A recent post I published gave some of the backstory of modern intelligence and information warfare in America, from 1930s through WWII.
That post really culminates on this day in 1947 when the CIA officially was established. The history department of that agency doesn’t put things lightly when it describes the National Security Act (NSA):
President Harry S. Truman signed the National Security Act of 1947 (P.L. 80-235, 61 Stat 496) on July 26, 1947. The act – an intricate series of compromises – took well over a year to craft. […] The importance of the National Security Act cannot be overstated. It was a central document in U.S. Cold War policy and reflected the nation’s acceptance of its position as a world leader.
You can read details of the “intricate series of compromises” in the 1996 document on the State Department site: 1945-1950 Emergence of the Intelligence Establishment
Speaking of the State Department, their historian is far more muted in assessment of the NSA and takes a weird tangent that leaves the CIA to a secondary story:
Each President has accorded the NSC with different degrees of importance and has given the NSC staff varying levels of autonomy and influence over other agencies such as the Departments of State and Defense. President Dwight D. Eisenhower, for example, used the NSC meetings to make key foreign policy decisions, while John F. Kennedy and Lyndon B. Johnson preferred to work more informally through trusted associates. Under President Richard M. Nixon, the NSC staff, then headed by Henry A. Kissinger, was transformed from a coordinating body into an organization that actively engaged in negotiations with foreign leaders and implementing the President’s decisions. The NSC meetings themselves, however, were infrequent and merely confirmed decisions already agreed upon by Nixon and Kissinger.
To be fair, while Truman had a particular take on it, those following him into office haven’t been entirely different. The Act created a National Security Council with an Executive Secretary to advise the President somehow (arguably through Department of State), yet did not say anything about a National Security Advisor (NSA). Nonetheless after Eisenhower’s appointment of Robert Cutler in 1952 to be “Special Assistant to the President for National Security Affairs”, which elevated/oversaw the Council, every president since has appointed a NSA.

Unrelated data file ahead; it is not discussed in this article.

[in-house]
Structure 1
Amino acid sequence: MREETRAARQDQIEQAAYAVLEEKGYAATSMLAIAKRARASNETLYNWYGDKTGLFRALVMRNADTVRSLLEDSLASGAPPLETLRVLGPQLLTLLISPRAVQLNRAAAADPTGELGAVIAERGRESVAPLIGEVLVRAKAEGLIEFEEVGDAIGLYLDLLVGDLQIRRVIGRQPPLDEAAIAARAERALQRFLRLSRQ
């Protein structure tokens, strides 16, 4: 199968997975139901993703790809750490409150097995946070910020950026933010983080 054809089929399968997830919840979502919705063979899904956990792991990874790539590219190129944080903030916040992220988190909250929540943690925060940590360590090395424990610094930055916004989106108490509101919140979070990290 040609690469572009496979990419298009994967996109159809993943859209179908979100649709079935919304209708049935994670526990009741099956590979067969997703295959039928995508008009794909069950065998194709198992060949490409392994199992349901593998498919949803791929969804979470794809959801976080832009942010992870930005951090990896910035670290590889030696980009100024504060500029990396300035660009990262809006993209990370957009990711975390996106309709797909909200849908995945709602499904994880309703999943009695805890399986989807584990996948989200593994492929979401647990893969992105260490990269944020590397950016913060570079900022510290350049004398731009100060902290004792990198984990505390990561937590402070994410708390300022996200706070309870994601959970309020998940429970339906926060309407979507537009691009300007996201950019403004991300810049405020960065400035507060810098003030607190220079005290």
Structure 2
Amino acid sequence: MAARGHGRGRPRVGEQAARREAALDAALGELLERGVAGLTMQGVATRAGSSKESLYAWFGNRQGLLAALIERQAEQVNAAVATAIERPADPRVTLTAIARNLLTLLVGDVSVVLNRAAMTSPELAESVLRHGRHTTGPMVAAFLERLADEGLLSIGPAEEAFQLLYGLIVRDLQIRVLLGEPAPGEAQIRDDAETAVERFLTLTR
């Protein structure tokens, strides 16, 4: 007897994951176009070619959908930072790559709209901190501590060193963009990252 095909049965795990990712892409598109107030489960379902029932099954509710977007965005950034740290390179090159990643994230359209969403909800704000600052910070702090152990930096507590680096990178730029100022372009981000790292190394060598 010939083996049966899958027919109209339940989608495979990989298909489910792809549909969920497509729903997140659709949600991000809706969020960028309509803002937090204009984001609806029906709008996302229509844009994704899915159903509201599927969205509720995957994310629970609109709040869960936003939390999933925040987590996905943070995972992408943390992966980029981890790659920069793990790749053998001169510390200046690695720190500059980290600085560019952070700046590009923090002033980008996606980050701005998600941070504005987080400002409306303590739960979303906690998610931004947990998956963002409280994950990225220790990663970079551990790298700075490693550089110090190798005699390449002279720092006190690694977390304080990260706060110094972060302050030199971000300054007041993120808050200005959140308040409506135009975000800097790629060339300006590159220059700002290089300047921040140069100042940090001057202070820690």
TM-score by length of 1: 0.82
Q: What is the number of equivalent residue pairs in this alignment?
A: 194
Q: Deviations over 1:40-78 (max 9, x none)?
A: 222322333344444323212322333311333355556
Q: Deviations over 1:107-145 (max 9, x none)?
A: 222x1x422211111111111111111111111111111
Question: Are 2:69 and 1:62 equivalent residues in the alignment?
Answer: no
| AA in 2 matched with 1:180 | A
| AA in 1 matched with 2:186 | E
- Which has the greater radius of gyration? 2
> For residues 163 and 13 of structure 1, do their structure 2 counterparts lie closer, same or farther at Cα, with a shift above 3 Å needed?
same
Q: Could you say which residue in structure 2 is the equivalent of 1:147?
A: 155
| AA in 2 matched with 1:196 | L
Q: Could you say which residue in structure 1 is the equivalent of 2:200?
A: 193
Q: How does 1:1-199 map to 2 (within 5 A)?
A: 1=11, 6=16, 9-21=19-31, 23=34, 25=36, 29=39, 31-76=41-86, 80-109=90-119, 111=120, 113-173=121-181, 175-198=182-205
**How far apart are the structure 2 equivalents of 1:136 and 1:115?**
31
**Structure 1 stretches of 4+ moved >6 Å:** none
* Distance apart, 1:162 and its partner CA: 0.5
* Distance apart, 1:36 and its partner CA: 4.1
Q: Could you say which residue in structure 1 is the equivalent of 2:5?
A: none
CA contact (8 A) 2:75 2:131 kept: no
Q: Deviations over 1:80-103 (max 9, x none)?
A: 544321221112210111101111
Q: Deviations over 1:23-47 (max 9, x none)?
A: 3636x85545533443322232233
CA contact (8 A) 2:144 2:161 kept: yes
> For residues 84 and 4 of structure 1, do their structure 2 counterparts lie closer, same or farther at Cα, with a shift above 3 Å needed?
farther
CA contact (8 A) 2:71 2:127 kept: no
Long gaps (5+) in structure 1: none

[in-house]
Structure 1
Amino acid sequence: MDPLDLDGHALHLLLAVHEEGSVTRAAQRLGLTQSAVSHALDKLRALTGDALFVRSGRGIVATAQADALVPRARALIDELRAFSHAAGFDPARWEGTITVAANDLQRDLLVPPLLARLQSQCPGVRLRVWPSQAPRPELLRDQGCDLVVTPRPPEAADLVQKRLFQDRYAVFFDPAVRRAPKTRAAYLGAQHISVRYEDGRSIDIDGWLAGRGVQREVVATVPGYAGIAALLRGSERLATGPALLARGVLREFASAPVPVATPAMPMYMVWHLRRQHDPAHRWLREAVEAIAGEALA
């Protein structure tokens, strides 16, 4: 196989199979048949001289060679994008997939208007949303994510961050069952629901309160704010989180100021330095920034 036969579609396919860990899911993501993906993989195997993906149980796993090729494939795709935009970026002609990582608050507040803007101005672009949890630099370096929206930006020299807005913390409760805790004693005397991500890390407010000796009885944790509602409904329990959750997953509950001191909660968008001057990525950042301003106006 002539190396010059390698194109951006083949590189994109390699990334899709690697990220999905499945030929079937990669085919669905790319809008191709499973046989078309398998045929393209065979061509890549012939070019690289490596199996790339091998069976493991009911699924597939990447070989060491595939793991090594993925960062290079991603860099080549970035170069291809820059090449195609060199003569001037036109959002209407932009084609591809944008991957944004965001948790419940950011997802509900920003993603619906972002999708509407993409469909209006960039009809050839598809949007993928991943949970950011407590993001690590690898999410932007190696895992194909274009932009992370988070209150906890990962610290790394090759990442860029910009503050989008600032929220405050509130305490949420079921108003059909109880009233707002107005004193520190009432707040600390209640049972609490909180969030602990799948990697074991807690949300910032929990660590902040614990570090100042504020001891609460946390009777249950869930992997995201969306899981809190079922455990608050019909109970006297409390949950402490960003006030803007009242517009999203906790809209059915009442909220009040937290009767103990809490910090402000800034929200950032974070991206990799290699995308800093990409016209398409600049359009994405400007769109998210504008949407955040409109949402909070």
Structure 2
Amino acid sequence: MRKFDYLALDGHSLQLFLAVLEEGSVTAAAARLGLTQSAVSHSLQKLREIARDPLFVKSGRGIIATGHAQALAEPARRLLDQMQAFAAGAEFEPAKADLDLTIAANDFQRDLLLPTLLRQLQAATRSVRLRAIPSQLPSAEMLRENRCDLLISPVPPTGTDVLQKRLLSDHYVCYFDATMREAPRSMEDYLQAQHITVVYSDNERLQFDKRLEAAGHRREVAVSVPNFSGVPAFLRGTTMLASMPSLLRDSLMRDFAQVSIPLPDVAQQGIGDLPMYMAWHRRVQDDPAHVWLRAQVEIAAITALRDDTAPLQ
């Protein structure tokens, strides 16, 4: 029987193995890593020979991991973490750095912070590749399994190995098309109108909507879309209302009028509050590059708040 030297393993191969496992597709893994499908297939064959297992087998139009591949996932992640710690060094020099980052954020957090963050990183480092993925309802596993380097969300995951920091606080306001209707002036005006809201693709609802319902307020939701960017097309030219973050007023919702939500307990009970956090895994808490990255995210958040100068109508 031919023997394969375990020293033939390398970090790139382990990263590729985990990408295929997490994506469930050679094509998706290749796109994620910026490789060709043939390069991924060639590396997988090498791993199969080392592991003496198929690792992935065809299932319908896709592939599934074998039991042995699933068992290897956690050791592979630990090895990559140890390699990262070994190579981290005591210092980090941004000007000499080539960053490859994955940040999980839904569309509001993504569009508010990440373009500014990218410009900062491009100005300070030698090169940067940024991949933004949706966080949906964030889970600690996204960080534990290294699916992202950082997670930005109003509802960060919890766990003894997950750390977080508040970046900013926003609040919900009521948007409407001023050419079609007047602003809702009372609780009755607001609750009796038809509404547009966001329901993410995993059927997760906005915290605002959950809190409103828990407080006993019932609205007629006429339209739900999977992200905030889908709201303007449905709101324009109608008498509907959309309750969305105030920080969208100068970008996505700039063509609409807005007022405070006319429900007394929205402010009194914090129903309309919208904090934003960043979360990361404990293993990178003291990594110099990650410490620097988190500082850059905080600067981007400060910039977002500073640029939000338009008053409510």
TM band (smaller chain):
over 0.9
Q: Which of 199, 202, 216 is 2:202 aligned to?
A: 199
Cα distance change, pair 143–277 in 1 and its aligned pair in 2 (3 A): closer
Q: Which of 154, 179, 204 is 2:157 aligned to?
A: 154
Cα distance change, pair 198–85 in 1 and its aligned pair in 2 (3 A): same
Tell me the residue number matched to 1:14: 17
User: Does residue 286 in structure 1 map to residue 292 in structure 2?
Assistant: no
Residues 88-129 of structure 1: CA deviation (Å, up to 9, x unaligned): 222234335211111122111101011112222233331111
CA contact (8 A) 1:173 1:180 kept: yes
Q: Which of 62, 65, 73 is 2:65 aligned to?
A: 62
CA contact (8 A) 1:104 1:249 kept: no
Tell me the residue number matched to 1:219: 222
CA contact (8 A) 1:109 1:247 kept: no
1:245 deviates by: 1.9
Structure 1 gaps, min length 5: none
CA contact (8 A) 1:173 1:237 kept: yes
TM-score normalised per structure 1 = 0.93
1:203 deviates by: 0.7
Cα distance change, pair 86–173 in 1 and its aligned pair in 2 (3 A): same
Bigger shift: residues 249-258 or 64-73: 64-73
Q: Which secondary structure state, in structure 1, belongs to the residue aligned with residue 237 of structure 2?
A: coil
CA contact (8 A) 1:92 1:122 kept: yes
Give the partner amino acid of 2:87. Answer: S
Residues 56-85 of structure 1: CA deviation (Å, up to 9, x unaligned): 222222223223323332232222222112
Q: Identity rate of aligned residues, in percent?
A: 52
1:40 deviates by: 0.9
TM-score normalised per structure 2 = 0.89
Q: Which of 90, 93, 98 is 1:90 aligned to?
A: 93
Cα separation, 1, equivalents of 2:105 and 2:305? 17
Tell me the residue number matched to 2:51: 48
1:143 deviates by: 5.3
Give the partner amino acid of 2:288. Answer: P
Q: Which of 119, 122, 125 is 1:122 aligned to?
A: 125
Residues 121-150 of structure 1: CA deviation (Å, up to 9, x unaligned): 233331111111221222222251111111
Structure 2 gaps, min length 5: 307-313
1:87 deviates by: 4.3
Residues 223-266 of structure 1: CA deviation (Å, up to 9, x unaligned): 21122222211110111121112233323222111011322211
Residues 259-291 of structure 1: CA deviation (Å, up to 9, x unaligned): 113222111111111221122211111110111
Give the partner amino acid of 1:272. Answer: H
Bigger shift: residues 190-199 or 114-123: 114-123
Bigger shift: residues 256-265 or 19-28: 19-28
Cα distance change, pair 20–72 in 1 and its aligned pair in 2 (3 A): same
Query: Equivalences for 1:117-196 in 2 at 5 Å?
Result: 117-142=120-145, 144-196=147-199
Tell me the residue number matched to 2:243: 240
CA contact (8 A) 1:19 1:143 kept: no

The Air Force historian, for some additional perspective, takes an opportunity to thumb its nose at the Army and Navy, while pumping up its own balloon and ignoring the CIA altogether:
This act officially established the United States Air Force as a separate and co-equal branch of the United States Armed Forces. The U.S. Air Force’s quest for independence was a long and often contentious struggle between air-minded officers and the entrenched Army and Navy bureaucracy.
To be fair, the NSA also replaced the Department of War (started in 1789) with an Army Department in a new National Military Establishment (NME). Seems unfair for the Air Force to be talking about independence from an entrenched Army, given an Army department also was brand new and co-joined to the Air Force in NME (by 1950 called the Defense Department).
However, back to the CIA claiming acceptance of world leader position in 1947, it would take another whole year to this very same day in 1948 before Truman signed Executive Order 9981 to formally declare an end to discrimination in its own military.
The CIA historian is not wrong, the NSA was a significant event in American history that shifted the entire country to discussion of National Security along the lines that the CIA’s father Donovan had envisioned. It seems obvious now but the term “security” brought far more expansive thinking than prior terms such as defense, adversary or threat.
Somehow both the creation of the NSA and the Civil Rights order always have taken a back seat, if mentioned at all, when narratives are given about America during the Cold War (usually in terms of the Truman Doctrine and Marshall Plan).